Climate change contributes to greater frequency, intensity, and severity of wildfires by increasing the likelihood of extreme “fire weather,” meaning climate and weather conditions conducive to fire ignition and spread. Fire weather is characterized by a combination of low humidity, high temperature, and strong winds.
Every fire starts with a source of ignition — an incident or action that causes a spark. Lightning is one common cause of fire; even just heat from the sun can cause fire under the right circumstances. But often, it’s human activity that serves as a source of ignition. In fact, in the United States, roughly 85 percent of wildfire ignition sources are human-caused according to the U.S. Forest Service.
ClimateCheck’s wildfire risk assessment incorporates fire weather projection, ignition probability, and information about landscape characteristics. With regard to landscape, we look at data on vegetation that could potentially serve as fuel for fires, land use such as proximity of buildings, and topography.
During summer, two common activities can act as ignition sources for fire: Campfires and setting off fireworks. These activities can be especially dangerous in regions that are particularly vulnerable to wildfire, such as the western United States.
Campfire and fireworks safety tips
Before building a campfire or setting off fireworks, check local rules and regulations to ensure the activity is permitted in your location. You may be required to acquire a permit for certain activities. If you do engage in these summer activities, take precautions.
Among human-started wildfires on U.S. Forest Service land, campfires are the leading cause. If you build a campfire, it’s important to follow precautions.
- Check local rules and regulations. Do not start a campfire if prohibited in your area or if there is a seasonal fire restriction.
- Choose a location far away from potential fuels like brush, decaying leaves or logs. Move potential fuels out of the fire’s periphery.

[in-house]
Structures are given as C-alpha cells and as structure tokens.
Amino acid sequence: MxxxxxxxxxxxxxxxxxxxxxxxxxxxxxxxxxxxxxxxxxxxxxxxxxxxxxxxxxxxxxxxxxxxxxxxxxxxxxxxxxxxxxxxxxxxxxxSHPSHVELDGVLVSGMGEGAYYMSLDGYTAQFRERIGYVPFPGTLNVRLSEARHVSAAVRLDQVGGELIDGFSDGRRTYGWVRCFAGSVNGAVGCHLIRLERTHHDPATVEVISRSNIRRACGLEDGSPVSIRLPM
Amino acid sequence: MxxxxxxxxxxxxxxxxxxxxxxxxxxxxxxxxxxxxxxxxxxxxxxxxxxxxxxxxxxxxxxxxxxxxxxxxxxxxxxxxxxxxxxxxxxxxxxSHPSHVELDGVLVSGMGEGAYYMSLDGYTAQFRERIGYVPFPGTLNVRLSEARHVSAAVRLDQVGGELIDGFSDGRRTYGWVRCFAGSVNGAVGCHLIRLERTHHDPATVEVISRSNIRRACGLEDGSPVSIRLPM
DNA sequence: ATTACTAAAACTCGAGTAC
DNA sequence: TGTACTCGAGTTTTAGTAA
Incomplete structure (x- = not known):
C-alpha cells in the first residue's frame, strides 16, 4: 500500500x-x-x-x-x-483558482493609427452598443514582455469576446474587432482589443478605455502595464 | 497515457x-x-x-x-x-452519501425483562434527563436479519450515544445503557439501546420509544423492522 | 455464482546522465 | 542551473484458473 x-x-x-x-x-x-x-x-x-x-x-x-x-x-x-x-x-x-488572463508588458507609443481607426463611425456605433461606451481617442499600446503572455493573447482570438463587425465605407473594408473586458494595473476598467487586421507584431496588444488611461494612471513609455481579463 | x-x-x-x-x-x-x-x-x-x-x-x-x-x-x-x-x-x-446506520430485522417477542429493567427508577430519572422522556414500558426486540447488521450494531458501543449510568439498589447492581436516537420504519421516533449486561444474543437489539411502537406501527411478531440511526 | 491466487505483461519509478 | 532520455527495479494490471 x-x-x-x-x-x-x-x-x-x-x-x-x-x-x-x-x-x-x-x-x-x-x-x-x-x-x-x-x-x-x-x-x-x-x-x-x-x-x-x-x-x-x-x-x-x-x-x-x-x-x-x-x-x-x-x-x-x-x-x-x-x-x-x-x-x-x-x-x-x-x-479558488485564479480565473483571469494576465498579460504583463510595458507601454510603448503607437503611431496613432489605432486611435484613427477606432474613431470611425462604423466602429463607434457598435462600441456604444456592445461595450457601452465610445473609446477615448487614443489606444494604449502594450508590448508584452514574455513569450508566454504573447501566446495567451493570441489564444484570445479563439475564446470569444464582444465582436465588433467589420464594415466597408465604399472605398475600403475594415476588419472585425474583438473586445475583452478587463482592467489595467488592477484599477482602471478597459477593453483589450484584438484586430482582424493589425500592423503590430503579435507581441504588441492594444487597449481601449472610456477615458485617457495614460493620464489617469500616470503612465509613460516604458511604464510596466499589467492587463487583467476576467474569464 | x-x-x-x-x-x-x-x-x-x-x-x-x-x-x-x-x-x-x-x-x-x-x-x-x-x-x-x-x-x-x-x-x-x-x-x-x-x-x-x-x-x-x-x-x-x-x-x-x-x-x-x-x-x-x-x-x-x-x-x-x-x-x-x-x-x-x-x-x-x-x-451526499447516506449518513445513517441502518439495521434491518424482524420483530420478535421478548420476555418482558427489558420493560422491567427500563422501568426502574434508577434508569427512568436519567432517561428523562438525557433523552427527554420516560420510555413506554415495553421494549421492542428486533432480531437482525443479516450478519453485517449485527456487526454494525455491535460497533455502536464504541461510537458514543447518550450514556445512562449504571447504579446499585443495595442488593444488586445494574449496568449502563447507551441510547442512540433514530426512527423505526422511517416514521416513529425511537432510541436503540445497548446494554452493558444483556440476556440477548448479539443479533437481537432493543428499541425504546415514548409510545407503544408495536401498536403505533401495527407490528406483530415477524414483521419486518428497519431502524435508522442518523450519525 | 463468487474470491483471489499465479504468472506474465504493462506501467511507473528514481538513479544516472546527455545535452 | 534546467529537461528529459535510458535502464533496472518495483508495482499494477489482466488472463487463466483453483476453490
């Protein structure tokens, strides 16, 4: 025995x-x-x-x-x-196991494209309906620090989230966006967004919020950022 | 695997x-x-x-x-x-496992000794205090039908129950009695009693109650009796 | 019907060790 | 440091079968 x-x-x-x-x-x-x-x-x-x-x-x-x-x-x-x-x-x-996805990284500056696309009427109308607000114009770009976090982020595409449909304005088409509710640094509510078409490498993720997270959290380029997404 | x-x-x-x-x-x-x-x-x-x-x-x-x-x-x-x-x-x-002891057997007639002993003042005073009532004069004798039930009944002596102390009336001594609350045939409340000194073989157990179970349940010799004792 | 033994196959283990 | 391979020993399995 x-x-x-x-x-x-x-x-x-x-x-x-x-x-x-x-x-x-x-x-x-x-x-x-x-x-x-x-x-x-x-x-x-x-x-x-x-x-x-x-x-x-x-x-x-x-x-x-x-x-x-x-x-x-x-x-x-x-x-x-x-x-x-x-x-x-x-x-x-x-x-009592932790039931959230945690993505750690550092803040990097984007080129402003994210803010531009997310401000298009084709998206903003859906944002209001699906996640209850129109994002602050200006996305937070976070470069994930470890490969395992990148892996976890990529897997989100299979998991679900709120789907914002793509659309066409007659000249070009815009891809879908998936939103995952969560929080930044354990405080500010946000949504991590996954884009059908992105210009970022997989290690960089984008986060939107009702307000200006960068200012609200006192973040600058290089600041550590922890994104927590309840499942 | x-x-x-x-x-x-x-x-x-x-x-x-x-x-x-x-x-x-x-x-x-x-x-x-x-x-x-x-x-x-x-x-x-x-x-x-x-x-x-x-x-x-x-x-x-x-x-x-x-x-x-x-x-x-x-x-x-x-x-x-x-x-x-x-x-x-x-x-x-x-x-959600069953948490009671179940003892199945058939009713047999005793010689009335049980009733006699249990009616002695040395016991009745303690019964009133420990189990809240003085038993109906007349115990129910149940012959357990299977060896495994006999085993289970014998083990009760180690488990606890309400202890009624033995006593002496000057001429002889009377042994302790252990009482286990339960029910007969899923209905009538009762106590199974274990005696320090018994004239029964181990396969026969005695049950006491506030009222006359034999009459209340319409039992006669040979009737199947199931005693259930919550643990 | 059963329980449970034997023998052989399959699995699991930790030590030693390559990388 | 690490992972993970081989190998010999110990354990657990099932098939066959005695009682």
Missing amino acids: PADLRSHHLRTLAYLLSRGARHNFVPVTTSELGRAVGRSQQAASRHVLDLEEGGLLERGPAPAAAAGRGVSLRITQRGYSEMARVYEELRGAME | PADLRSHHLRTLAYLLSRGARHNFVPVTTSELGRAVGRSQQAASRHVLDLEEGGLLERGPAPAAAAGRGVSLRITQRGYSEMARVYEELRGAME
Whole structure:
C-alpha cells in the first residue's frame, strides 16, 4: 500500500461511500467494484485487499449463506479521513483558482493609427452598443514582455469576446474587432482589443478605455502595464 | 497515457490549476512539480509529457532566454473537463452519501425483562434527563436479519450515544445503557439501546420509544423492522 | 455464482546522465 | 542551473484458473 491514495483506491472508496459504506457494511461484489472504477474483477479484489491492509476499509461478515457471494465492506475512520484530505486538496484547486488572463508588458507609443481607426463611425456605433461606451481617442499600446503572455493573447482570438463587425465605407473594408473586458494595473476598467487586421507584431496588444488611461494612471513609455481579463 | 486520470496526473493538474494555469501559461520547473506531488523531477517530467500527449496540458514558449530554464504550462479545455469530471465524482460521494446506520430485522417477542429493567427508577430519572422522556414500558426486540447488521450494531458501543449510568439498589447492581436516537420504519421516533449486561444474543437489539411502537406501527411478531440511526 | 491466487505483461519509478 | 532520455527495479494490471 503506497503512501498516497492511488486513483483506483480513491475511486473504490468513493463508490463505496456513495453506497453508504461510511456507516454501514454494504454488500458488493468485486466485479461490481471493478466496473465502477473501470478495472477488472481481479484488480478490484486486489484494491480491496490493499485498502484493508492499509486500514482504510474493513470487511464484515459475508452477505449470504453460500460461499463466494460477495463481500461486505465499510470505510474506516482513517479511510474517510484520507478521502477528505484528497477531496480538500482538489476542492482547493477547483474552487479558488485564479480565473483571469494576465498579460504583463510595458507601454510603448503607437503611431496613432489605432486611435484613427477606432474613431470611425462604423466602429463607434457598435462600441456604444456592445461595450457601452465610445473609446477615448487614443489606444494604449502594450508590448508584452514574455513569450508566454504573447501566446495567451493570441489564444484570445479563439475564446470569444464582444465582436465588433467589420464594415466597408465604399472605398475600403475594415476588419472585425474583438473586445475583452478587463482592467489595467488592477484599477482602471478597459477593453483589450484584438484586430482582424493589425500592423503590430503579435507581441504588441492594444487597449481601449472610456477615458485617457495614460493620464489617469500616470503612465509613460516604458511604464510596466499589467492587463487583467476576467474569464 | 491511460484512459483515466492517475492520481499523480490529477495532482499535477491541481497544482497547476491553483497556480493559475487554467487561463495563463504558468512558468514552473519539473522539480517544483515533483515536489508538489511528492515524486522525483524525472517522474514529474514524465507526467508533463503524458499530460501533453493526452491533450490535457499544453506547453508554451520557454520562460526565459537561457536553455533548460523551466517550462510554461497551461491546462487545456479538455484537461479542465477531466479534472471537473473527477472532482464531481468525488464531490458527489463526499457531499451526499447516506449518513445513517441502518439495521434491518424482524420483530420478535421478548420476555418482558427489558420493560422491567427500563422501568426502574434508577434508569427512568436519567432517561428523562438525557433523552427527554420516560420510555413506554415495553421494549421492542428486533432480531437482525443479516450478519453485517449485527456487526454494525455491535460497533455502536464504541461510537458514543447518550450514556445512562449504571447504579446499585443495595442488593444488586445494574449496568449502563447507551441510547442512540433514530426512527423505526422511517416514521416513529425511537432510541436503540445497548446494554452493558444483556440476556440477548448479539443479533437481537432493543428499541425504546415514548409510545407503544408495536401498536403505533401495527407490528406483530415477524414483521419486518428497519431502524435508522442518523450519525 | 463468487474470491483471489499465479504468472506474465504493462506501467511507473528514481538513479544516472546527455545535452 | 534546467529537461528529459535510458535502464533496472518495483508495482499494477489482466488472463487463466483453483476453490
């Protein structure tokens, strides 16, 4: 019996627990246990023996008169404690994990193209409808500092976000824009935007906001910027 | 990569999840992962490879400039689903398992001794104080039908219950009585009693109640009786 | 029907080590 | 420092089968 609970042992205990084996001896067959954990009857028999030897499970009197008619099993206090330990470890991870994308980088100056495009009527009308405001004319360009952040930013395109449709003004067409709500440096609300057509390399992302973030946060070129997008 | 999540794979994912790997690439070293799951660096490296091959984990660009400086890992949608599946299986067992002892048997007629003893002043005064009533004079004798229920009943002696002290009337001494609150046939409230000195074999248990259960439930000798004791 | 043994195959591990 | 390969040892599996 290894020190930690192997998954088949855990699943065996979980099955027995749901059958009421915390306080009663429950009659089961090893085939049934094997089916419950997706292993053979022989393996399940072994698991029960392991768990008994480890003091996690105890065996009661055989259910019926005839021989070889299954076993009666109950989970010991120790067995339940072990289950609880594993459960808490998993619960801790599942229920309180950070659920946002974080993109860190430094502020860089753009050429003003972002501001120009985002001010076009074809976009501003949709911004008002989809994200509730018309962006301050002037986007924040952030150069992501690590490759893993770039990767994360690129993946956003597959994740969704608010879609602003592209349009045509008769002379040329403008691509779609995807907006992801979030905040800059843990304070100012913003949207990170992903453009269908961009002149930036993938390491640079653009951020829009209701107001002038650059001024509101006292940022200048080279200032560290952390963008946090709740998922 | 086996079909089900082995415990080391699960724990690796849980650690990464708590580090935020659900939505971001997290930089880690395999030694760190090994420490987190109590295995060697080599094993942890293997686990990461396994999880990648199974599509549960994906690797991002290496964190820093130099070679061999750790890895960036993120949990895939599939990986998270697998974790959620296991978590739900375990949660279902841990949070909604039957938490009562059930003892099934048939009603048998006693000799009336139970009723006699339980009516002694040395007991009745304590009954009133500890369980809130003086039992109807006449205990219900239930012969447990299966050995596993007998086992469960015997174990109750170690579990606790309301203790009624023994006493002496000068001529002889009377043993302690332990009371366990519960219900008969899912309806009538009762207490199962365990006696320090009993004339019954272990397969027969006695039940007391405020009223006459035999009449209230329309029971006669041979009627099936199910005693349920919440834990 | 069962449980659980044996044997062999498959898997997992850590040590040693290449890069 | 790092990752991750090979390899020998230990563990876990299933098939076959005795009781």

- Don’t build a bigger fire than you need.
- Have a shovel and bucket of water nearby in case you need to quickly extinguish the fire with water or dirt.
- Do not leave the fire unattended.
- Put the fire out completely before sleeping or leaving the location unattended.
Not only are fireworks dangerous, but they caused more than $3 million in property damage in California in 2021. Some states and localities ban fireworks, and many set strict restrictions on what kinds of fireworks consumers may purchase and when you can set them off. Here are some precautions to take if you plan to use fireworks on July 4th or at other times.
- Check state laws and local ordinances for rules about fireworks in your area.
- Don’t set off fireworks near vegetation or building structures. Look for a safe location, such as a parking lot.
- Have lots of water or a hose on hand to put out fireworks if needed.
- Designate a sober adult to set off the fireworks.
- Never point fireworks at a person or piece of property.
- When you’re done setting off fireworks, douse the remains in water for 15 minutes, then wrap them in plastic before disposing. This ensures that they stay damp, preventing them from catching fire again.
Learn more about fireworks safety.
How does ClimateCheck model fire risk?
ClimateCheck wildfire risk estimates incorporate future likelihood of fire weather under different emissions scenarios, land cover/land use data, and probability of ignition.
- MACA CMIP5 Statistically Downscaled Climate Projections: This model is used for extreme wet bulb heat and wildfire projections. It is statistically downscaled by one of our advisors, Dr. John Abatzoglou, a climatology professor at UC Merced. You can find more information about MACA here.
- U.S. Forest Service Research Data Archive, Wildfire Risk to Communities Data: We use this data to help provide us with a picture of current wildfire risk based on land cover/land use and ignition observations to produce burn probability and flame length estimates. You can learn more about this data here.
- USGS digital elevation model (DEM): A DEM provides a topographic, stripped-down representation of the earth, and is created from an array of sources. You can read more about the USGS DEM here.
- Multi-Resolution Land Characteristics (MRLC) National Land Cover Database (NLCD): This database comes from the MRLC consortium, a group of federal agencies that create and organize granular land cover and land use information for various environmental and modeling purposes.